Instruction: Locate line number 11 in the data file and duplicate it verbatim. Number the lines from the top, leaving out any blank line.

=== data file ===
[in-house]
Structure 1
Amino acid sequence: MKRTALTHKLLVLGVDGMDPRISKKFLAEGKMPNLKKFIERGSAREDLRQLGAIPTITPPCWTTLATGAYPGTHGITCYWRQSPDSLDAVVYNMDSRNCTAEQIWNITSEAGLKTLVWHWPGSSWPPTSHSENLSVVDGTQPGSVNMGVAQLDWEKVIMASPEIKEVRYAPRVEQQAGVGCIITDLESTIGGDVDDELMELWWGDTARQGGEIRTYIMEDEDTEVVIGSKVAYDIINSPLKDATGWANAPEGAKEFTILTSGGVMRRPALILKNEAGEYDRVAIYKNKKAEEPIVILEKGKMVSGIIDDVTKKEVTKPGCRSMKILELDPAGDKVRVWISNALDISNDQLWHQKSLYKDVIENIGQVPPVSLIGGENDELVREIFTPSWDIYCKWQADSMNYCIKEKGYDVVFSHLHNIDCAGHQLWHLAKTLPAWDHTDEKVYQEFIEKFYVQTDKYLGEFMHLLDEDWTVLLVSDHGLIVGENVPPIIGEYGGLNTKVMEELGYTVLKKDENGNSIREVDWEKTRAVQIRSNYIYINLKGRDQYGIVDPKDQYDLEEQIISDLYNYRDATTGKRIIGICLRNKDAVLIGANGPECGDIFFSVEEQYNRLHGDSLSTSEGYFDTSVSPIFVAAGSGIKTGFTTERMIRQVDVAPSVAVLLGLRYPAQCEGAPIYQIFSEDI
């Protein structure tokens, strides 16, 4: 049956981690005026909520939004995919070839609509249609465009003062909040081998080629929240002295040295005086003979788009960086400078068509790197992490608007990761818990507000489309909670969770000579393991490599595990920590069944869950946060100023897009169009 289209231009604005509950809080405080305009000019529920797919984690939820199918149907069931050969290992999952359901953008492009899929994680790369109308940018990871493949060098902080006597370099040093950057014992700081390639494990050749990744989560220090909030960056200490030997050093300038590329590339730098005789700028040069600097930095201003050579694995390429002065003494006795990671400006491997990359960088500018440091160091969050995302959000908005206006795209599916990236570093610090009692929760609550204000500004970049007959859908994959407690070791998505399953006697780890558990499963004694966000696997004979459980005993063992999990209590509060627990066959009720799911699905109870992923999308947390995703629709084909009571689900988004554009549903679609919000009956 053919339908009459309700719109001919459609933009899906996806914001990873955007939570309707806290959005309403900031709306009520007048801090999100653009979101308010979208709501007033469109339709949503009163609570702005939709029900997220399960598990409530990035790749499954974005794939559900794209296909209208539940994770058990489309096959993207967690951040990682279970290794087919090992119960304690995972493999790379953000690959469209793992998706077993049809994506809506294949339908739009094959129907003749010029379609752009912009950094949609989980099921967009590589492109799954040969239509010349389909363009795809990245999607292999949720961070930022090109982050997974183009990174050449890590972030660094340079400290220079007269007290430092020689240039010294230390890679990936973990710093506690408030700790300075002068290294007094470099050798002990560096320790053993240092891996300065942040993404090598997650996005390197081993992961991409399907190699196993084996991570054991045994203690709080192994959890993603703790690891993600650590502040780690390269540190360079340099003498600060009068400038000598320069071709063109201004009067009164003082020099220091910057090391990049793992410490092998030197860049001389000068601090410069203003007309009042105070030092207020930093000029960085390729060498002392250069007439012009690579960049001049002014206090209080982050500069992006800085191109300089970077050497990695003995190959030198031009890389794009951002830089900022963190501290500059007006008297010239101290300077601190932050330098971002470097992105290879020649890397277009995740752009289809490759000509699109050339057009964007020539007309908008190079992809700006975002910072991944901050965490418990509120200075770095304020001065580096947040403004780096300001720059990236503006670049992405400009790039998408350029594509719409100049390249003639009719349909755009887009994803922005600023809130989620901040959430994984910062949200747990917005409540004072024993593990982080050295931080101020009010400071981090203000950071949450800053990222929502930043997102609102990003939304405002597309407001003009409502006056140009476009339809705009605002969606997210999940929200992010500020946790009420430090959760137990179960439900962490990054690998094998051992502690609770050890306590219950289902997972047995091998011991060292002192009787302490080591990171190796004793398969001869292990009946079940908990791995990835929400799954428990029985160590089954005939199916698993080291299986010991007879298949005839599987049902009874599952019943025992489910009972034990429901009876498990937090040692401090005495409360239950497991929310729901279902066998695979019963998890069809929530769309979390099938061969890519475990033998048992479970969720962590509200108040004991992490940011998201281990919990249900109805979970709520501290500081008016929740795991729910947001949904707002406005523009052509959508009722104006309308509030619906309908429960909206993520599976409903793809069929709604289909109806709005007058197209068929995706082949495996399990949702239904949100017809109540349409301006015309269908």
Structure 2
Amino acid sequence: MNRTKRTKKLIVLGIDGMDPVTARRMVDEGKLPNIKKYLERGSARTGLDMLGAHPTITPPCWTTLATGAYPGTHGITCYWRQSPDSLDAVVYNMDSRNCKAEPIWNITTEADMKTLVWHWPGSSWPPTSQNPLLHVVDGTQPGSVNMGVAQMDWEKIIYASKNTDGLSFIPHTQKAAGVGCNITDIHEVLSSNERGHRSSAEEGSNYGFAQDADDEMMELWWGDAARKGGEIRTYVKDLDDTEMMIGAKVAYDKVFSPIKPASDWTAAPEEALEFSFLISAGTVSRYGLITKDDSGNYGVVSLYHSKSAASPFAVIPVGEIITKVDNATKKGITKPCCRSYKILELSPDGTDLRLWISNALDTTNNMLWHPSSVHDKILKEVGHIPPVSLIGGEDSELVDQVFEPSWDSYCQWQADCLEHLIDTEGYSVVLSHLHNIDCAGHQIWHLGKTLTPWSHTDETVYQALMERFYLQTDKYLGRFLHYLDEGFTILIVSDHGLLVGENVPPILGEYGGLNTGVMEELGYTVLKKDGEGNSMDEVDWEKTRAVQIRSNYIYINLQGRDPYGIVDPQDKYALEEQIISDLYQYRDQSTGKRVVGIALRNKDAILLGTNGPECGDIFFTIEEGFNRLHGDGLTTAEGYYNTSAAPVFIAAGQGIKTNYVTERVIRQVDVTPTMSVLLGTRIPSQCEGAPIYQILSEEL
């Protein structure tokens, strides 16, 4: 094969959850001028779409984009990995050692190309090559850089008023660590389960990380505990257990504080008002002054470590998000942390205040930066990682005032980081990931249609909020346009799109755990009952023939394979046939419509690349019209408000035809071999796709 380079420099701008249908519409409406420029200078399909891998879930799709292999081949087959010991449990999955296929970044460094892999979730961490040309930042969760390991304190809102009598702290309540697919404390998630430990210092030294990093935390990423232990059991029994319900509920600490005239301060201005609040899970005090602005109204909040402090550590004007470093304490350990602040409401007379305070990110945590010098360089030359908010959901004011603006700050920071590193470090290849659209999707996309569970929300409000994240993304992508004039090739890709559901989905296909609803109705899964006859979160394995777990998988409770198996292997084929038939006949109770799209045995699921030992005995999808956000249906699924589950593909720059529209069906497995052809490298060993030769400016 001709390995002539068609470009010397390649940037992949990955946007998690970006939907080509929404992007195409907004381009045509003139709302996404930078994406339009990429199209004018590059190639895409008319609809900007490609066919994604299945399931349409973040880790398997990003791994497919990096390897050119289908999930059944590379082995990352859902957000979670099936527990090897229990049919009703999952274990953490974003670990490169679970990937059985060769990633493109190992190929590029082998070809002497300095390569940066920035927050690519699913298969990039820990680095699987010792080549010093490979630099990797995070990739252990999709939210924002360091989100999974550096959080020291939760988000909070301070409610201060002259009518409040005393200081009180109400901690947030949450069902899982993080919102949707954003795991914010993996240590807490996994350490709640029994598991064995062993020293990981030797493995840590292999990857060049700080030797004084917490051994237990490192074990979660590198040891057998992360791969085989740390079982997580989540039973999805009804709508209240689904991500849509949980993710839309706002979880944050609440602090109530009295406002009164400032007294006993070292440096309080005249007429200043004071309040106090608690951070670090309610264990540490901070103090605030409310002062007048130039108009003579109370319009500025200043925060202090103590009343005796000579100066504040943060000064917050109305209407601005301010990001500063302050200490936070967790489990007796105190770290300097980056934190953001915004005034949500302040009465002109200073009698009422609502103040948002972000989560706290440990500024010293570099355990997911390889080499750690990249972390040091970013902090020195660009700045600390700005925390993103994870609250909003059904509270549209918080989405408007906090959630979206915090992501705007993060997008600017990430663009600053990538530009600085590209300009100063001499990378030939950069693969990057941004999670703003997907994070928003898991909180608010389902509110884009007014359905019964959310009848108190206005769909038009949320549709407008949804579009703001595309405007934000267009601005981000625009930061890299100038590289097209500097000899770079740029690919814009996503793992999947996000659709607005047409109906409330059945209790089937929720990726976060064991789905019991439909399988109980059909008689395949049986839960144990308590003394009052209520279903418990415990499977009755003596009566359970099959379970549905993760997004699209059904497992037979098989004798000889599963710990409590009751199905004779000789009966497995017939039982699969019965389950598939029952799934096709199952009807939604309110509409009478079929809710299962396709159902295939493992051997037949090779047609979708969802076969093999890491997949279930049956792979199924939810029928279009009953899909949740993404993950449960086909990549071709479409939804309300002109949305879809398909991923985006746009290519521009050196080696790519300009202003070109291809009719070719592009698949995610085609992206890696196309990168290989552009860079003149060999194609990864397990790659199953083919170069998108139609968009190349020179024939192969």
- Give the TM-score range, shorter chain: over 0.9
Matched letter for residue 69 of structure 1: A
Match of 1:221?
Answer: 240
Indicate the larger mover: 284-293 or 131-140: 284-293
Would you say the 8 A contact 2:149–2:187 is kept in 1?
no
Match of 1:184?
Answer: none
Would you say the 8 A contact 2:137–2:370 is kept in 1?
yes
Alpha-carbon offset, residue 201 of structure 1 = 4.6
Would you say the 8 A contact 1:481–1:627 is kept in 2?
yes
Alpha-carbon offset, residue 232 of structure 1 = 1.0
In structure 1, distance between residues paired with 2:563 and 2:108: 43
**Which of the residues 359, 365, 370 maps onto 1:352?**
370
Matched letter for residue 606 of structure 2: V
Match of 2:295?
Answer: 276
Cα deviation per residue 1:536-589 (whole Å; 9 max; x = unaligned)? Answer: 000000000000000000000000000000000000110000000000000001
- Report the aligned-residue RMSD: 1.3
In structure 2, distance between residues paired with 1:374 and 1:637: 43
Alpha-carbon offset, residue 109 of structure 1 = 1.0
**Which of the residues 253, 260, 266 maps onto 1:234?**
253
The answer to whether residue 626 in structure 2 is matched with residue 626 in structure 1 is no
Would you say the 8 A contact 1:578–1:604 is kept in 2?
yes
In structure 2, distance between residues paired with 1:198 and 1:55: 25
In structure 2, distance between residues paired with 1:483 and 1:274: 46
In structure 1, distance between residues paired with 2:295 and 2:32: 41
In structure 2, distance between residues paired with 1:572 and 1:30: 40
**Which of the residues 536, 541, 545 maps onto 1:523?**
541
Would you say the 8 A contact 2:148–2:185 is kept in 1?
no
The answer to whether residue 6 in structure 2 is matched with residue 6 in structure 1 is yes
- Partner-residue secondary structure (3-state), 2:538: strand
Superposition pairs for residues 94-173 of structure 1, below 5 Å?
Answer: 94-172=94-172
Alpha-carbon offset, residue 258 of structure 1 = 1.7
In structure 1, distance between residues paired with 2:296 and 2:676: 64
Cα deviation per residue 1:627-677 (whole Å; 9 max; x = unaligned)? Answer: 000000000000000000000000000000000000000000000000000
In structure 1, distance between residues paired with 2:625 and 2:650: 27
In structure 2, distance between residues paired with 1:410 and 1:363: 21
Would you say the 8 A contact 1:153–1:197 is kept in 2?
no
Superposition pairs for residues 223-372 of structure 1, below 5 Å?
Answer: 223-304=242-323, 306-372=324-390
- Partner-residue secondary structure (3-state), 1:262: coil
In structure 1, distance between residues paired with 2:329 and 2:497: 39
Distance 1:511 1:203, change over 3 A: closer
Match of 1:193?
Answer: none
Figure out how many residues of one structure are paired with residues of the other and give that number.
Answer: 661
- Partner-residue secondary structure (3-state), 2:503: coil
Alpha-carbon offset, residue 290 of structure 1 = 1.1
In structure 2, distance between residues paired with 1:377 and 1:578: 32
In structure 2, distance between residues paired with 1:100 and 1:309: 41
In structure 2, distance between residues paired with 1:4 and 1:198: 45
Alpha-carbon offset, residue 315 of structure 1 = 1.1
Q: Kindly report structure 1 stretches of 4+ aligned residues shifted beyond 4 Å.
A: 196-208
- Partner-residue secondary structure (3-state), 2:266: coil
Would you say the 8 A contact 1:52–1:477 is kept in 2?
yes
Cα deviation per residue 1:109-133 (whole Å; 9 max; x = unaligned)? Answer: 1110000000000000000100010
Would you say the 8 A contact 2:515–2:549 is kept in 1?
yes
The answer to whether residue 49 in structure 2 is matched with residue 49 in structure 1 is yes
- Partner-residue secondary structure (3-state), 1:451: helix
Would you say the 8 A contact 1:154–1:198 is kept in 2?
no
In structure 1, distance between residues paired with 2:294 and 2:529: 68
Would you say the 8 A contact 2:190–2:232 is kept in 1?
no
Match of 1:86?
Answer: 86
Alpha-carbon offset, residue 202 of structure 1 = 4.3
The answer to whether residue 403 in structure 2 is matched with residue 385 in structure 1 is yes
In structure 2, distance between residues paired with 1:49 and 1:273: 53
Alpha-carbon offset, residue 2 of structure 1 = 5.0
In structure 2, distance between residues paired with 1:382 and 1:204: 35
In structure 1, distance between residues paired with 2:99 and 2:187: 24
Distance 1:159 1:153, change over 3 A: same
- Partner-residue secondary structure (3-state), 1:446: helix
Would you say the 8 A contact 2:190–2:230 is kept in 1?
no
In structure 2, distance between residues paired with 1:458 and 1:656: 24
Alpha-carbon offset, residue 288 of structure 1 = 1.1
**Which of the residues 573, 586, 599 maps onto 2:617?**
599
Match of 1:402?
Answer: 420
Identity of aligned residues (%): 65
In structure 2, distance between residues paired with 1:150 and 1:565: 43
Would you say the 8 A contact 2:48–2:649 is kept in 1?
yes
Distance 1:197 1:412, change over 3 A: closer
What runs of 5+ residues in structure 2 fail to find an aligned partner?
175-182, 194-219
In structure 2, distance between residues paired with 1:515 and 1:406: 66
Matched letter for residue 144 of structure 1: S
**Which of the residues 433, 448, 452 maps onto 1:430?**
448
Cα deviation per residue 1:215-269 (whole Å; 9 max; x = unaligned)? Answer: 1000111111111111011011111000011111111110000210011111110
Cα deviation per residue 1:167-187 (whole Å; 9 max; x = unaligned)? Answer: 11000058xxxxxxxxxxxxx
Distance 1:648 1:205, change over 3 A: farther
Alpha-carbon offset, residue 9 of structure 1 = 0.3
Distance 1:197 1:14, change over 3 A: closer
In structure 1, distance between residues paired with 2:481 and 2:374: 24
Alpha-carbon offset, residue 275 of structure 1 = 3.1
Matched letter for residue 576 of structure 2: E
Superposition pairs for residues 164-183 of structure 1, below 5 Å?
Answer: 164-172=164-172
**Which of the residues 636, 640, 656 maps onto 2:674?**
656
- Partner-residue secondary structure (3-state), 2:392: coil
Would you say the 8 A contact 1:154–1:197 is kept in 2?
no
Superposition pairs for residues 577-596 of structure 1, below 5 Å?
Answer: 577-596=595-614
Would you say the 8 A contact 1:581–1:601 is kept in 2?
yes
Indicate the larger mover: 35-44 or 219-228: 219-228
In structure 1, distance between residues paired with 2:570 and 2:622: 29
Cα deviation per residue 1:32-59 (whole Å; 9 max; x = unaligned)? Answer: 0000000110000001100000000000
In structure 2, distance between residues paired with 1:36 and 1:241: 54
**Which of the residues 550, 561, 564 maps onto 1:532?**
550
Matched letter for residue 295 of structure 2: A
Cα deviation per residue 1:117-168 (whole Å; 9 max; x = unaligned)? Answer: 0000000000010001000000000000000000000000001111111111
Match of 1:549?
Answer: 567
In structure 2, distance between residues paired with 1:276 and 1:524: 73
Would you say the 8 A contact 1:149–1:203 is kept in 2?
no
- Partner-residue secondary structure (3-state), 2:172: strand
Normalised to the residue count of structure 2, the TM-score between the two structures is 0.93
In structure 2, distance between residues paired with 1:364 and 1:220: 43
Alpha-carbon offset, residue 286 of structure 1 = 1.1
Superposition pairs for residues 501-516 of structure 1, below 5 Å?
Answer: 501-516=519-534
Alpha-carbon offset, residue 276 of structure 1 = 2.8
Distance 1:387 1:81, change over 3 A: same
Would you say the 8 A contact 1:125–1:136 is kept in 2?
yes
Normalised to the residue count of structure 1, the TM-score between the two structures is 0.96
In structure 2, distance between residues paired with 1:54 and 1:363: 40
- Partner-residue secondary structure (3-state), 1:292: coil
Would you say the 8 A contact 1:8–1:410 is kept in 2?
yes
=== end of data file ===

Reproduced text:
Answer: 240